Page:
Irish mum warns of cyberbullying after daughter takes own life
Earlier this year, 16-year-old Elle Trowbridge died by suicide after being cyberbullied for five years.
The Tyrone-born teenager had been suffering targeted abuse for years on an app that allows users to send anonymous comments to people.
Online bullies had been encouraging Elle to self-harm, with one unknown user telling her to cut herself "so deep that she would bleed to death."
The 16-year-old's mum, Mandy, has recently spoken out about her daughter's abuse, warning others about the dangers of anonymous apps.
Speaking on Today with Sean O'Rourke, she said that after Elle's death, she wasn't even able to find out who had been saying such horrible things to her daughter.
"There was no proof of anything, no hard evidence of anything or anyone in particular. We weren't able to find out who started this.
When Elle was eleven she came into my room one evening crying hard and she said, 'Mummy, look at this.' I could not believe what I was reading."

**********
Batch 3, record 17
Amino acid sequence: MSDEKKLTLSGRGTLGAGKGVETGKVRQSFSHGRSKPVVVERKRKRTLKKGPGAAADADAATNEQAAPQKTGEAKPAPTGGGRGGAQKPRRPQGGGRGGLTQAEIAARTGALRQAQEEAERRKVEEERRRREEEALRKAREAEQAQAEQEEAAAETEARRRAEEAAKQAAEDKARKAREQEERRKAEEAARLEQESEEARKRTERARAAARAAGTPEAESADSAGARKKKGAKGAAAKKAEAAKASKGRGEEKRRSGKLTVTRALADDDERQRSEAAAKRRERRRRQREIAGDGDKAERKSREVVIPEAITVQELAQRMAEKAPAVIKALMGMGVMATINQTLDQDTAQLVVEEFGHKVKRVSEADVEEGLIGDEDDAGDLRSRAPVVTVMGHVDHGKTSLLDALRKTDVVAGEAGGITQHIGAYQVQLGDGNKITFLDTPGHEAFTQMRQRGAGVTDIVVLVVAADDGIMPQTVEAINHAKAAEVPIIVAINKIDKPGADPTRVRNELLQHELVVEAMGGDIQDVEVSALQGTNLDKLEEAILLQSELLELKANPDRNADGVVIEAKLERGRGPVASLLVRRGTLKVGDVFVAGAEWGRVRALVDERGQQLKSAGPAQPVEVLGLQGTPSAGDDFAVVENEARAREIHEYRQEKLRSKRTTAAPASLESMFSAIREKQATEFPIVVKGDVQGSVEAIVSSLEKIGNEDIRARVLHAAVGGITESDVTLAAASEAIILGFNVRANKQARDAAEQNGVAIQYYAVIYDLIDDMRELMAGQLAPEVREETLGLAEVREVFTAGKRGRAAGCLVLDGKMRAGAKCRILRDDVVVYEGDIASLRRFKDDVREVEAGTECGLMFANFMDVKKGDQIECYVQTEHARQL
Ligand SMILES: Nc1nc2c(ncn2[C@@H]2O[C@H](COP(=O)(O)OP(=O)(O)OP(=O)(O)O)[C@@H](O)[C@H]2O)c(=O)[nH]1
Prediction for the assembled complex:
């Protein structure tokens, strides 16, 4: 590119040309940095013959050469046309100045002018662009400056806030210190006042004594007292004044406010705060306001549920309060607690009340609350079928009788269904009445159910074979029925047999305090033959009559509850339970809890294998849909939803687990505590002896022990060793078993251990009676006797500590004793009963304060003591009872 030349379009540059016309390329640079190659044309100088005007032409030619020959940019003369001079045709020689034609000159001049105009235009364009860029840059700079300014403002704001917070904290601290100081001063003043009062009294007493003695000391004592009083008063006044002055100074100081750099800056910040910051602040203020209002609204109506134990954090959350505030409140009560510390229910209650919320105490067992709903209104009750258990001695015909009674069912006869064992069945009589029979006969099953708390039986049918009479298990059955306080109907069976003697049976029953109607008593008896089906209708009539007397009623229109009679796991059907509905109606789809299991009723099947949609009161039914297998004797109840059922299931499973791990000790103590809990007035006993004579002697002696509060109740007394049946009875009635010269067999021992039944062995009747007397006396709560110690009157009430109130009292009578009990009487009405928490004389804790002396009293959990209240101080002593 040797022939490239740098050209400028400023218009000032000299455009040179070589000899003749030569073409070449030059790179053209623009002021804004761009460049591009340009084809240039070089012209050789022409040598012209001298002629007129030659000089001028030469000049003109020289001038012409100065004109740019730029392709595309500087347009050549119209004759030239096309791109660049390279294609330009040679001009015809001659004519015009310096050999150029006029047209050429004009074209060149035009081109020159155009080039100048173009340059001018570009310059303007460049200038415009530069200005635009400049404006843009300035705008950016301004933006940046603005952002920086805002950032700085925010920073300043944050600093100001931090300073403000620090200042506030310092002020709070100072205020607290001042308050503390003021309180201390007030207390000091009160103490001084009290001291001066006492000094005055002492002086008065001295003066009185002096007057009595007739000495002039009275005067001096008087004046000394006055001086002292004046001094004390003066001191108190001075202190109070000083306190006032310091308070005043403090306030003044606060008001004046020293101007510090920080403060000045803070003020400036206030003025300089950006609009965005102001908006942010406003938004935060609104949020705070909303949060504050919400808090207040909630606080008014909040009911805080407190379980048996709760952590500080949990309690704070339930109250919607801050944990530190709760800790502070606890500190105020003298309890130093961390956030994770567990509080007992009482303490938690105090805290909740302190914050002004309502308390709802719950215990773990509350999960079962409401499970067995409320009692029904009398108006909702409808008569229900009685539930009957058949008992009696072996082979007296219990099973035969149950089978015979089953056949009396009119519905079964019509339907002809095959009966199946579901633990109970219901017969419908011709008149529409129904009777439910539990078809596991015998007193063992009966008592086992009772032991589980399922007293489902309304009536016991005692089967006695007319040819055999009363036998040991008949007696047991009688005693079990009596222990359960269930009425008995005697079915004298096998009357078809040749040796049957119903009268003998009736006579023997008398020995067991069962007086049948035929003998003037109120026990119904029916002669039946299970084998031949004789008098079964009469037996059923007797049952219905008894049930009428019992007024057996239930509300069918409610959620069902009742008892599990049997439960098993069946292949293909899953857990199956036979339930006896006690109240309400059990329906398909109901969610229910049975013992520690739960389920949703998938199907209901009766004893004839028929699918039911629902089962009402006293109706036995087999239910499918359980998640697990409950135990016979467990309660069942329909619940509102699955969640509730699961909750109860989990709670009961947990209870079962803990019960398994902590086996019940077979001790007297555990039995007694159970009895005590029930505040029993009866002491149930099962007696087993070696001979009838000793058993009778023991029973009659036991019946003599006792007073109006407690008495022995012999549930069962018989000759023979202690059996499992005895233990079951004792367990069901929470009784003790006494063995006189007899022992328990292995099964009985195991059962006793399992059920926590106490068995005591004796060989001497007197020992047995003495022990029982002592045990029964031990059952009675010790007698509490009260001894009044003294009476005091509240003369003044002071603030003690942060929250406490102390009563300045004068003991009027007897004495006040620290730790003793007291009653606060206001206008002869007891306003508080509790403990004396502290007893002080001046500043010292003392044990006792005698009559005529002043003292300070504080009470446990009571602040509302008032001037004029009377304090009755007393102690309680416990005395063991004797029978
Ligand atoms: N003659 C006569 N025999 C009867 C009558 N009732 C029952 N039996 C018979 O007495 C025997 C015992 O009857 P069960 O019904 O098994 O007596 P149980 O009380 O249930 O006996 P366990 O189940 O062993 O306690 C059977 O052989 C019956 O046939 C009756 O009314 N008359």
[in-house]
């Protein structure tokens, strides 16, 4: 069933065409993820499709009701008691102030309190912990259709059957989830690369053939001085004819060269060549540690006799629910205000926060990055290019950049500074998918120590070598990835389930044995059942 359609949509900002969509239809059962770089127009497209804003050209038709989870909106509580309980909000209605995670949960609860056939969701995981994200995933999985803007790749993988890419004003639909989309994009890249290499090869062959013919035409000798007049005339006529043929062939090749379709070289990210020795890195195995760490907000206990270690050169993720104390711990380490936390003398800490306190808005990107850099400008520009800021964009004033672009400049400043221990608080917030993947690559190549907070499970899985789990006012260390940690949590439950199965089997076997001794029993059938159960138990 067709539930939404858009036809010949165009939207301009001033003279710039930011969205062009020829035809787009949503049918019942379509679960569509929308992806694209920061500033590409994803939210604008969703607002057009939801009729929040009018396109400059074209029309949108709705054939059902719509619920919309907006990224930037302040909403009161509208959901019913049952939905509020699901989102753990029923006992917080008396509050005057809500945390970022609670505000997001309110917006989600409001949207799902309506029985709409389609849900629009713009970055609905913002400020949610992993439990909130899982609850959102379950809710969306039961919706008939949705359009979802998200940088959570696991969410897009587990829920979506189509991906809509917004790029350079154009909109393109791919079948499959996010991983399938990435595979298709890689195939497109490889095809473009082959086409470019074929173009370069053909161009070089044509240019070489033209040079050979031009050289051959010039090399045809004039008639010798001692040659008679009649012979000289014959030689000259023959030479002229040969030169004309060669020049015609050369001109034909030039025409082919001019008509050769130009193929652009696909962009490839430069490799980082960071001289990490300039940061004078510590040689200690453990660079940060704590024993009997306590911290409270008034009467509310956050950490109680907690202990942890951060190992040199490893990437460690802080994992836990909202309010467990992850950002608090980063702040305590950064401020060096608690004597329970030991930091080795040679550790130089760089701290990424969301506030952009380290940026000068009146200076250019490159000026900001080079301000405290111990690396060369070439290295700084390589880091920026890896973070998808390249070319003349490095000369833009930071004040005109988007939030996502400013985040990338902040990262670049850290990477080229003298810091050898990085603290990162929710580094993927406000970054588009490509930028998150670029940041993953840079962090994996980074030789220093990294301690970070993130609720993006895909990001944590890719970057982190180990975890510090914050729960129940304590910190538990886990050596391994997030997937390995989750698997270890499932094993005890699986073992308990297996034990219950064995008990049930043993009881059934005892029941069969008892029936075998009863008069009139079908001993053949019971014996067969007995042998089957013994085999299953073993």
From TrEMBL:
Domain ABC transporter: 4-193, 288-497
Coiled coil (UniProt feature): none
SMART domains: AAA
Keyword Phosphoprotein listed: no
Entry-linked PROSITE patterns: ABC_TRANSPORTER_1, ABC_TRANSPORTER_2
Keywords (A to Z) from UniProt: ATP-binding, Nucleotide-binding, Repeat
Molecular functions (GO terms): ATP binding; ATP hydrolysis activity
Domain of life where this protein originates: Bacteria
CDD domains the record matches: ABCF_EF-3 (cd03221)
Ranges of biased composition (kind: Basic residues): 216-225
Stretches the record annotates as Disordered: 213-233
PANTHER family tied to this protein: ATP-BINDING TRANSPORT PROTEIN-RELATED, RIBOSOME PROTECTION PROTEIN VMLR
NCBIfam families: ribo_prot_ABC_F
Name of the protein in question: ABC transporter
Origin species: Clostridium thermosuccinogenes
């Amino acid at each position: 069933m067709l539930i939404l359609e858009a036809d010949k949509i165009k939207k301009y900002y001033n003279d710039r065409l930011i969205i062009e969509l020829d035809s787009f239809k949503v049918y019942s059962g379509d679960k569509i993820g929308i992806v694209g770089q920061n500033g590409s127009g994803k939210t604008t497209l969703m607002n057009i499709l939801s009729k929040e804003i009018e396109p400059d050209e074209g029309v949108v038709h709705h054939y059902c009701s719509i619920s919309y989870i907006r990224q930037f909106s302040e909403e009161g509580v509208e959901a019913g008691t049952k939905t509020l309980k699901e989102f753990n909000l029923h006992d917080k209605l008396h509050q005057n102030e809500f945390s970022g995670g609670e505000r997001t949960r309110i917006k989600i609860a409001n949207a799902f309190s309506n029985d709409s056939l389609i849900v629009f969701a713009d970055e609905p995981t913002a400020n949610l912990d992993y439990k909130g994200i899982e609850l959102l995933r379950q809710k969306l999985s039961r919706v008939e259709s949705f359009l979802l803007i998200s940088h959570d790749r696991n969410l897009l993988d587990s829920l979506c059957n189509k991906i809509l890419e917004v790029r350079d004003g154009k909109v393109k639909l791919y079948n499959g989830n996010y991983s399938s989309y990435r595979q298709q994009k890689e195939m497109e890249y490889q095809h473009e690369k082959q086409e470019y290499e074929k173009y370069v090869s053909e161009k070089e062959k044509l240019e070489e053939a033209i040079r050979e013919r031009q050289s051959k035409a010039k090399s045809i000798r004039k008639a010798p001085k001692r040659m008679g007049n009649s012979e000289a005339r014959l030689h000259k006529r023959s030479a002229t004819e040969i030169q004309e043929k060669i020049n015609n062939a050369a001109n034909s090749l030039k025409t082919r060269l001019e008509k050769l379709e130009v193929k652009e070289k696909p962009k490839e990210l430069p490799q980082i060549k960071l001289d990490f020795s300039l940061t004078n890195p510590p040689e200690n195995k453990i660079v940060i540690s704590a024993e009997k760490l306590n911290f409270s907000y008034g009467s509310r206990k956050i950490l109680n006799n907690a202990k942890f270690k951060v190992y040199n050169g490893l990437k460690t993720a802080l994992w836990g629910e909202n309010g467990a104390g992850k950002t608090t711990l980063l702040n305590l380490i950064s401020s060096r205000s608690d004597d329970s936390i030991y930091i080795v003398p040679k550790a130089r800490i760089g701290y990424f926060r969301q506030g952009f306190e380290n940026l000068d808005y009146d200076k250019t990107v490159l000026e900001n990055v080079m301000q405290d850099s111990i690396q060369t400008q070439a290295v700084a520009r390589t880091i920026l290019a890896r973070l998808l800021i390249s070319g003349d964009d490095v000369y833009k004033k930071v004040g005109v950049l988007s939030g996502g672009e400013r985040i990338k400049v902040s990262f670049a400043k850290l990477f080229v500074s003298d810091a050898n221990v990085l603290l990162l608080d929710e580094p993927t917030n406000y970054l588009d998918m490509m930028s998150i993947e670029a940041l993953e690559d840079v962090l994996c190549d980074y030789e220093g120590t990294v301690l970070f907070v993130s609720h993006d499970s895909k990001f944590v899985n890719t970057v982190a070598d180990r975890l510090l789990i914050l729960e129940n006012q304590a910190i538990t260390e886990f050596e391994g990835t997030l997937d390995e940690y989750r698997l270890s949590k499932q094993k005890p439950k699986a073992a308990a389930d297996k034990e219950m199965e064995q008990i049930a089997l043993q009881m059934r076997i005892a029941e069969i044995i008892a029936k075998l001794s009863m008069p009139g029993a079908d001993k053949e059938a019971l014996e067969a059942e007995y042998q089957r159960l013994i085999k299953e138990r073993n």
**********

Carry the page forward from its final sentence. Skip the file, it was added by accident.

Mandy said she took the messages very seriously and went so far as to report them to the police and move Elle to a different school.
However, because of the app's anonymous nature, there was very little the police could do.
"It was a tough five years because you're constantly on edge. I could see she was scarred and damaged by this," she said.
According to Mandy, the bullying started again in February of this year.
One user sent the 16-year-old a message saying that she should "go and get hit by a bus." The Tyrone mum said that her daughter could not understand how people could say such horrible things to another human being.
She has urged parents to be more vigilant about their children's online activity, and the use of anonymous apps.
"Everybody is aware of these things but I think we bury our heads in the sand. We have to be proactive, we have to know what is going on on our children's devices.
I know you have to allow children to have a little bit of privacy but the mobile apps that are allowed to be downloaded onto any device, there seems to be no control over them."
Images via Facebook.